Legal articles

Quantifying beneficial interest in jointly-owned property

The House of Lords case of Stack v Dowden (2007) concerned the declaration of beneficial interests in relation to a property which was jointly owned by a co-habiting couple. It was established that in the event that such a property had to be divided and there was no expressed declaration as to the respective beneficial interests, the starting point would be that where there was joint legal ownership, the parties intended there would also be joint beneficial ownership in equal shares. If either party wished to show that they were entitled to a different share, the onus would be upon them to provide compelling evidence to support a claim for higher shares.

The right to a view

It is a long established principle in English Law, first recorded in 1610, that a land owner can not protect the view that he has from that land; the rationale is that it would unduly limit the freedom to build on one's own land and thereby hinder beneficial development. However this basic premise, under specific circumstances, has been successfully challenged in the Court of Appeal.

Retention: what does your sub-contract say?

Many people are familiar now with the effect of clause 110 of the Housing Grants, Construction and Regeneration Act 1996 (“the Construction Act”). Under this clause, every construction contract must include an adequate mechanism for determining what payments become due under the contract - and when - and provide for a final date for payment in relation to any sum which becomes due.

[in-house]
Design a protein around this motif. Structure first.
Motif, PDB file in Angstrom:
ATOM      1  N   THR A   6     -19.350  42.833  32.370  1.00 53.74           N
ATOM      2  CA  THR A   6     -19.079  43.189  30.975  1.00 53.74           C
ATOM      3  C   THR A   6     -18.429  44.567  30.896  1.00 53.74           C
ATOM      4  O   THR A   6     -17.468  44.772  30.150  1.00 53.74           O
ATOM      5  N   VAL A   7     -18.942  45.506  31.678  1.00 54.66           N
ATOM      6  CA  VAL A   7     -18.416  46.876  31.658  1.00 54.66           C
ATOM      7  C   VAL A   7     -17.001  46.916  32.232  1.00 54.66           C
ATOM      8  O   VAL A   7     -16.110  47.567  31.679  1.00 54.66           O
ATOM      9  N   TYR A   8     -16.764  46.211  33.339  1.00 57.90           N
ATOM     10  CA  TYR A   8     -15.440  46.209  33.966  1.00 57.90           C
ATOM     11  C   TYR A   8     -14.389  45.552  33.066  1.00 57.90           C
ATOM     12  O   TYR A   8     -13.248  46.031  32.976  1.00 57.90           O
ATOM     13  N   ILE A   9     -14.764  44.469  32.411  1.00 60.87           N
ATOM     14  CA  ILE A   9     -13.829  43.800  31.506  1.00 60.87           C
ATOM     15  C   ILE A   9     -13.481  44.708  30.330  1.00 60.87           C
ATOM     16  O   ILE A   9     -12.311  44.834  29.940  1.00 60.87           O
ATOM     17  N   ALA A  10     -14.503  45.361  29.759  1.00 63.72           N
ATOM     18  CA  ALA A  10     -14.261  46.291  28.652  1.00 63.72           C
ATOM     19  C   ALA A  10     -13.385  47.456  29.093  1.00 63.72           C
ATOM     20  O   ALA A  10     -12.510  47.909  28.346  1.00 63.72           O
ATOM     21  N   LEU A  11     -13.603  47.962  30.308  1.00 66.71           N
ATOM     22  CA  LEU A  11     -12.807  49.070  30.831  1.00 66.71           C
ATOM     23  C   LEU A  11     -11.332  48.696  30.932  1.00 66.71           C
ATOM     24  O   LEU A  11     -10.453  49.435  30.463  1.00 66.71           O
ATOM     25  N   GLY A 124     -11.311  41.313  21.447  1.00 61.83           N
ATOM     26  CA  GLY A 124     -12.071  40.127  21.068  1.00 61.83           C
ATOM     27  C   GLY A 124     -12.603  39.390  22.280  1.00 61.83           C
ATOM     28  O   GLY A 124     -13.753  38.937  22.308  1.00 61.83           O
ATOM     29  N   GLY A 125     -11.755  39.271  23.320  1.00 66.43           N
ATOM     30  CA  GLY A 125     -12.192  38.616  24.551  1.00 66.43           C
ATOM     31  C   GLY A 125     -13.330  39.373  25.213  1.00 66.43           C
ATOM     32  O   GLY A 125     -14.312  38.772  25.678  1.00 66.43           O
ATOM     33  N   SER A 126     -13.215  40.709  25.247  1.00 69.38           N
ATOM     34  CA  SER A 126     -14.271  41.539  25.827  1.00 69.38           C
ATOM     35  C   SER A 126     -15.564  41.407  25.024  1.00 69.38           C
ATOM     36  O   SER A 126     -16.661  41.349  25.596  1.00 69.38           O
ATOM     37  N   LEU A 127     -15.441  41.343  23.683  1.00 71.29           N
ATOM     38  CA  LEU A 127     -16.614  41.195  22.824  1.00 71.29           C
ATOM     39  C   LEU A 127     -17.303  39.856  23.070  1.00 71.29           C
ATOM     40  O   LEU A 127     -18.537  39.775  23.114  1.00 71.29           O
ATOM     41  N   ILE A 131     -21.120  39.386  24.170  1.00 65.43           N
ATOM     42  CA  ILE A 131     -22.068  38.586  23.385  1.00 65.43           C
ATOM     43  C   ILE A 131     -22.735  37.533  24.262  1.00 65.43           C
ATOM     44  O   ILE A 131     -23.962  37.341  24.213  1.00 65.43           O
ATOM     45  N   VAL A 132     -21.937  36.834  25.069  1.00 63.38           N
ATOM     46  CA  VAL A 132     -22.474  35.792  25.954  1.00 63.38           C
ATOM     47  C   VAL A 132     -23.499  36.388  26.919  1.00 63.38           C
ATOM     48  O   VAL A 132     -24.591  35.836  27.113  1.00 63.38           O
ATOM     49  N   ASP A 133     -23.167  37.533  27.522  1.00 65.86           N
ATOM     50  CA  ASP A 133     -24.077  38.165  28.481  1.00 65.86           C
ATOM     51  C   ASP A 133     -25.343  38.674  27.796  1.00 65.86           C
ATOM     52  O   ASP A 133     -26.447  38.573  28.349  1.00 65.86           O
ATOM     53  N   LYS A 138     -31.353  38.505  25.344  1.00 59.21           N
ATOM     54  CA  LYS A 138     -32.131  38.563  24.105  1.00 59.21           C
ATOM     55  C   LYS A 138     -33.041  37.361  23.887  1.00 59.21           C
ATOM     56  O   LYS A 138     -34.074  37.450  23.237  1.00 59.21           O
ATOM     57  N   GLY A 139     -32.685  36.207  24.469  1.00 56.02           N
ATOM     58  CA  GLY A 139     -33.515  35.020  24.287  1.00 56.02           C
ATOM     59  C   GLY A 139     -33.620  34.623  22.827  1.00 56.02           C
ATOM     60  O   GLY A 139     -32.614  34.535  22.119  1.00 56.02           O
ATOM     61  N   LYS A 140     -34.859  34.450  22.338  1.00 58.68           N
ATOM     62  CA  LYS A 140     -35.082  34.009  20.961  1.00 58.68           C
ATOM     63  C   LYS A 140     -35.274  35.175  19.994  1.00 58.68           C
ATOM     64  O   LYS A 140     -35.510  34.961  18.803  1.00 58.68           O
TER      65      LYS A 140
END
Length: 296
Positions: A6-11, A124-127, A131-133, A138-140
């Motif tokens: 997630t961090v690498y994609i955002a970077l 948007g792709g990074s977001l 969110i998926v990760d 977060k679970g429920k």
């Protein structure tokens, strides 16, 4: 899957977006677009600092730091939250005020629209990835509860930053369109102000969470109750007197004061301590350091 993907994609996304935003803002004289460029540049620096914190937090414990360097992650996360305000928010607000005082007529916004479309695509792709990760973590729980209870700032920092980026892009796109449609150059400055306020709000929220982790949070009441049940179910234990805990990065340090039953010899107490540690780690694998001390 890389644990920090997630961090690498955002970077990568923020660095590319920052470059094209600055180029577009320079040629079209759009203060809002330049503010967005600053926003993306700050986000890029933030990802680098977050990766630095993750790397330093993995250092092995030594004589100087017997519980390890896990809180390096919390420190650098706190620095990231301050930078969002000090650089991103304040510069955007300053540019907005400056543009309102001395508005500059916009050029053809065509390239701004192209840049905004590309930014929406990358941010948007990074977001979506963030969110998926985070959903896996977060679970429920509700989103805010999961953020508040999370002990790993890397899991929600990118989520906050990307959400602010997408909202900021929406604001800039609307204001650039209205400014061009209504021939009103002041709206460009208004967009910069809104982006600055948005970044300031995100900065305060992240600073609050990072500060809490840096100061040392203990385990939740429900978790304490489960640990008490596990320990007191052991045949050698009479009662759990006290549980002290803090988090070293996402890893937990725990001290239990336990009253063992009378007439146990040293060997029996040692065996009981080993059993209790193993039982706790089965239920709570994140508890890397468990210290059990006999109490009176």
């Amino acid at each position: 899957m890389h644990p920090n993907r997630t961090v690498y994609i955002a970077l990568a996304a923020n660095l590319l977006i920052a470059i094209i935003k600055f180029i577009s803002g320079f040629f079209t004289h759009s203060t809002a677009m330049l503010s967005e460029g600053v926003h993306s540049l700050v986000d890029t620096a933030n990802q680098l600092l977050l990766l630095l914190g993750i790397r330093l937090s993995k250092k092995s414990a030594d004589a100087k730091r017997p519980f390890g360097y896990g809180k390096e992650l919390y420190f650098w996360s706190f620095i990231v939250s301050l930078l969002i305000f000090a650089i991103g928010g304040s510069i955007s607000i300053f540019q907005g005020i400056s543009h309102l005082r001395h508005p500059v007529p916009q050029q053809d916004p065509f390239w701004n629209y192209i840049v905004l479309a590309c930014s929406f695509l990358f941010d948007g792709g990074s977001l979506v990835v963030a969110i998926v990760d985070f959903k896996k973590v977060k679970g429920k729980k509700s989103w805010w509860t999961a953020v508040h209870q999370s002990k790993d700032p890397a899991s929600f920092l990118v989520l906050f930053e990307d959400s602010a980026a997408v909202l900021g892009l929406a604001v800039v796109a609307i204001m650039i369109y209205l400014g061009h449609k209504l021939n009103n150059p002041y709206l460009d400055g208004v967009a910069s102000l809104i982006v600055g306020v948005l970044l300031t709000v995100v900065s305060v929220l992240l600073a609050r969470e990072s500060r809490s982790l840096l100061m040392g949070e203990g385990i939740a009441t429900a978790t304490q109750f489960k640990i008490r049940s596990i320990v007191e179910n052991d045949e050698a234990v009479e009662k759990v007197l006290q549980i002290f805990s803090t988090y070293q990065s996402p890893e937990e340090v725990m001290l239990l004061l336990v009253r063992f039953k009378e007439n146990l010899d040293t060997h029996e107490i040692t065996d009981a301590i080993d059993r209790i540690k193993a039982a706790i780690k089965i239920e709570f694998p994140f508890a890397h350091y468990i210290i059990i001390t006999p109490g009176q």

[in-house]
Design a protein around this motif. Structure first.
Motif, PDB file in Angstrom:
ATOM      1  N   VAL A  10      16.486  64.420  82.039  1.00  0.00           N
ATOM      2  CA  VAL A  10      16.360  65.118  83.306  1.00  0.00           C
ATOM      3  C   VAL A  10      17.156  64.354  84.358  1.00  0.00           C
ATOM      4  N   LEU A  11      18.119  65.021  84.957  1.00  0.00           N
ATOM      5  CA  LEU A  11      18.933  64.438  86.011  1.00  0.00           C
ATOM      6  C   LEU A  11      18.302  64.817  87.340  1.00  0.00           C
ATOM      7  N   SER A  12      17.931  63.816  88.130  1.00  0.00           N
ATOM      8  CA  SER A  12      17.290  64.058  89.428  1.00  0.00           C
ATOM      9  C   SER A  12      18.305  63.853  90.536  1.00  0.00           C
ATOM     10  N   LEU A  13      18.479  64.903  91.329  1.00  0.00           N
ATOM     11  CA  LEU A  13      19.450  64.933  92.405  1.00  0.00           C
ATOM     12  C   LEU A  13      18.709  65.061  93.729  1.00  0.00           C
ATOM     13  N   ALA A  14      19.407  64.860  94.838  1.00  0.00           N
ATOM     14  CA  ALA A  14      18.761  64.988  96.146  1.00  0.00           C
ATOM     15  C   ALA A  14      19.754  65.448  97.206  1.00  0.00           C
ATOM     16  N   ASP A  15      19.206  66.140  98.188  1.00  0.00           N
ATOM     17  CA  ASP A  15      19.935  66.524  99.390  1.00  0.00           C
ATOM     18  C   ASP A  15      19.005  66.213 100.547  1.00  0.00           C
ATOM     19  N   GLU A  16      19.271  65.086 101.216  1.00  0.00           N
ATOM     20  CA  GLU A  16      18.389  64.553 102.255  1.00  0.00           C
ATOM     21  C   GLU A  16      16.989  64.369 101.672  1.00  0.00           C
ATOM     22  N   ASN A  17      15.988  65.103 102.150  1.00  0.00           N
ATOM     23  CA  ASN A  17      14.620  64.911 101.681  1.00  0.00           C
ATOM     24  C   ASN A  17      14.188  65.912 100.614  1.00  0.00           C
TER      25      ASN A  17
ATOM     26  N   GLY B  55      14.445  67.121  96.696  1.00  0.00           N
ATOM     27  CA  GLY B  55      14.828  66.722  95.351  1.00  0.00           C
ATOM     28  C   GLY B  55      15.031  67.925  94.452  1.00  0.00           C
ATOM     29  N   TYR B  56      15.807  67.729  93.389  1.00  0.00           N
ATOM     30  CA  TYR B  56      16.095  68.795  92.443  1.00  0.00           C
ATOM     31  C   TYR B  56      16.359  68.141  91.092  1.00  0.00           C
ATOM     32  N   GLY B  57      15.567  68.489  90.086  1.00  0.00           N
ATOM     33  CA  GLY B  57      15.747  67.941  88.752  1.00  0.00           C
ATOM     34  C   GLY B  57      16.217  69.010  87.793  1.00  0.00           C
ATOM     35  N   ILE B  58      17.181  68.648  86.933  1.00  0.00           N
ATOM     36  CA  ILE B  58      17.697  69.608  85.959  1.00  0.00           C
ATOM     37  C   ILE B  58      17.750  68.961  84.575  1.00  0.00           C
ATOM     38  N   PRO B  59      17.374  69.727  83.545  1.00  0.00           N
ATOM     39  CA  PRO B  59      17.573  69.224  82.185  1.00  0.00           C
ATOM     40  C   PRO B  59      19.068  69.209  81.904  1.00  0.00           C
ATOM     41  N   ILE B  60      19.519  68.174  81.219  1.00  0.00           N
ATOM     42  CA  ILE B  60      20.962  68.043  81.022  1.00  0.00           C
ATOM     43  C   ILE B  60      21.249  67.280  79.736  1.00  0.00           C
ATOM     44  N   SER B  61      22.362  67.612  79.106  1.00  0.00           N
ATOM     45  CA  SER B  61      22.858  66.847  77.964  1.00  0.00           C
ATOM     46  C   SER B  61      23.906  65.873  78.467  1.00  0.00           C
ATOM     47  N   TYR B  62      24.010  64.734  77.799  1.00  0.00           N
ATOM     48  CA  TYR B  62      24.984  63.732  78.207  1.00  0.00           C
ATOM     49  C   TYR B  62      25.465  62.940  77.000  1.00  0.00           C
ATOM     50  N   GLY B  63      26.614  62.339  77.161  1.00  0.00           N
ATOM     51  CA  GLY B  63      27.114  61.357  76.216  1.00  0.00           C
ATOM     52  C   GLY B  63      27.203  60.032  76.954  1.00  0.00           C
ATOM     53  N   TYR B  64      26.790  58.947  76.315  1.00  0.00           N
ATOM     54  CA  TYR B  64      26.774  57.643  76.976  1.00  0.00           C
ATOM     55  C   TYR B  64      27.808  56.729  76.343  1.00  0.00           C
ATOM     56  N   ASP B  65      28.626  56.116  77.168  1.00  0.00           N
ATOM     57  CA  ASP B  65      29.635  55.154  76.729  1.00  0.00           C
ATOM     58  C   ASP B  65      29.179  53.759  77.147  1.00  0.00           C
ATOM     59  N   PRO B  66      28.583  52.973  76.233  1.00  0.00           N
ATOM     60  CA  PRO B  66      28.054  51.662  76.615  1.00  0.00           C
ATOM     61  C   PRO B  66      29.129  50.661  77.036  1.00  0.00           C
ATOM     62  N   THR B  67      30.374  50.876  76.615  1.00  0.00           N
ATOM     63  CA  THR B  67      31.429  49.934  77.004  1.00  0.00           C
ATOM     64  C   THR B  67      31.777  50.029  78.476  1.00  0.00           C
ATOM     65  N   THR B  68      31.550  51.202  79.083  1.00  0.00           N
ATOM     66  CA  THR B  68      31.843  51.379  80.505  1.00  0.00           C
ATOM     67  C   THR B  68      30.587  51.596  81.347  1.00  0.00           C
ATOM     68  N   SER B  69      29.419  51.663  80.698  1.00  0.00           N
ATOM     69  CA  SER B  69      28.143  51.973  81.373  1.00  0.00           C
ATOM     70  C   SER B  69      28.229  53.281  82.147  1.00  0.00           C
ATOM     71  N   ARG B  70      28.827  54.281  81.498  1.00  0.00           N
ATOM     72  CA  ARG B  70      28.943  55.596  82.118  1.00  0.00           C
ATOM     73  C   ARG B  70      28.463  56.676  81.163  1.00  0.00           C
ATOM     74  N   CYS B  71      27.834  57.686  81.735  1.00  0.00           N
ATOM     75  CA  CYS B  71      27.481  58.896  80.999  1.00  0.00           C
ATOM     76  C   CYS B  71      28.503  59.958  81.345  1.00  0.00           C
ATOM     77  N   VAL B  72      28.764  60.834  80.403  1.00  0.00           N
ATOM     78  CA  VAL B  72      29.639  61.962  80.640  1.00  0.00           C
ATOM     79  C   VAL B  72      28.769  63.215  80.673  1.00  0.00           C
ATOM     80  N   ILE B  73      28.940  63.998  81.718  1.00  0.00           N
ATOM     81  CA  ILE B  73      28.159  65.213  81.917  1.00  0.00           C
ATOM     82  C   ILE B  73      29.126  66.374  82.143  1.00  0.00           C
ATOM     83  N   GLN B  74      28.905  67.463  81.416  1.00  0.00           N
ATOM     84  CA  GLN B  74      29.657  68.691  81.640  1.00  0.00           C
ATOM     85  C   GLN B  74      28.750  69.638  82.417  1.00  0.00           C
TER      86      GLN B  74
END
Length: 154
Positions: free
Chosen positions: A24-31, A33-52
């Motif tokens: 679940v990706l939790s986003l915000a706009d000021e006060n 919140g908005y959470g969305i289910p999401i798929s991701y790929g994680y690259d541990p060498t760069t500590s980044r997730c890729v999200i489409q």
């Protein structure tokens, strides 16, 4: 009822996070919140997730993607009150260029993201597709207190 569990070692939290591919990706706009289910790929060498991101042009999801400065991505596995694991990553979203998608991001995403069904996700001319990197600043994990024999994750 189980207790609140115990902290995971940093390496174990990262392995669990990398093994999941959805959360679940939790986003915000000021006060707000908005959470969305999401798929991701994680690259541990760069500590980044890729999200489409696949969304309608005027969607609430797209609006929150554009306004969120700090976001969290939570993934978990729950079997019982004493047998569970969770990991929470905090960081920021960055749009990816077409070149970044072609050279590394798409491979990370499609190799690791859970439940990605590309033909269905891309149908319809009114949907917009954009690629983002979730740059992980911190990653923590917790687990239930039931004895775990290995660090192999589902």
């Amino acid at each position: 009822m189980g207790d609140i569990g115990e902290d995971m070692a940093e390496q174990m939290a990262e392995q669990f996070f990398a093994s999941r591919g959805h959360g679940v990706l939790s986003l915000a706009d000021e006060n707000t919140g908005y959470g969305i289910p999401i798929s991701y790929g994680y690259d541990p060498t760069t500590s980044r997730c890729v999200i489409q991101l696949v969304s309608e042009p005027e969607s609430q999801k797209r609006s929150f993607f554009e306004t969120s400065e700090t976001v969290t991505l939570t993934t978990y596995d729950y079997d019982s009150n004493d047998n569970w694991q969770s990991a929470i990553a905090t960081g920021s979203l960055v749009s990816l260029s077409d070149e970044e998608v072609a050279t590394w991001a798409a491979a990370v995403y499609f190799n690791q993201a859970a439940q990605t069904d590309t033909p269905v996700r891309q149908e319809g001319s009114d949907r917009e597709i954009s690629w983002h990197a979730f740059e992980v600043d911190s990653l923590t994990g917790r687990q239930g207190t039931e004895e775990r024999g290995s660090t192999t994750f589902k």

What is the legal status of a horse?

As with all matters legal, a horse's legal status depends on the circumstances. They can be defined as goods, agricultural animals, a conveyance or food depending on the circumstances in which the definition is being sought.

No waiver clauses called into question by Court of Appeal

The Court of Appeal has thrown into doubt the effectiveness of no waiver clauses in a commercial case with potentially far reaching ramifications. No waiver clauses are a very common feature of the ‘boilerplate’ provisions in commercial contracts and as such they appear in a huge number and variety of agreements. Until very recently there has been little court authority on the enforceability of no waiver clauses.
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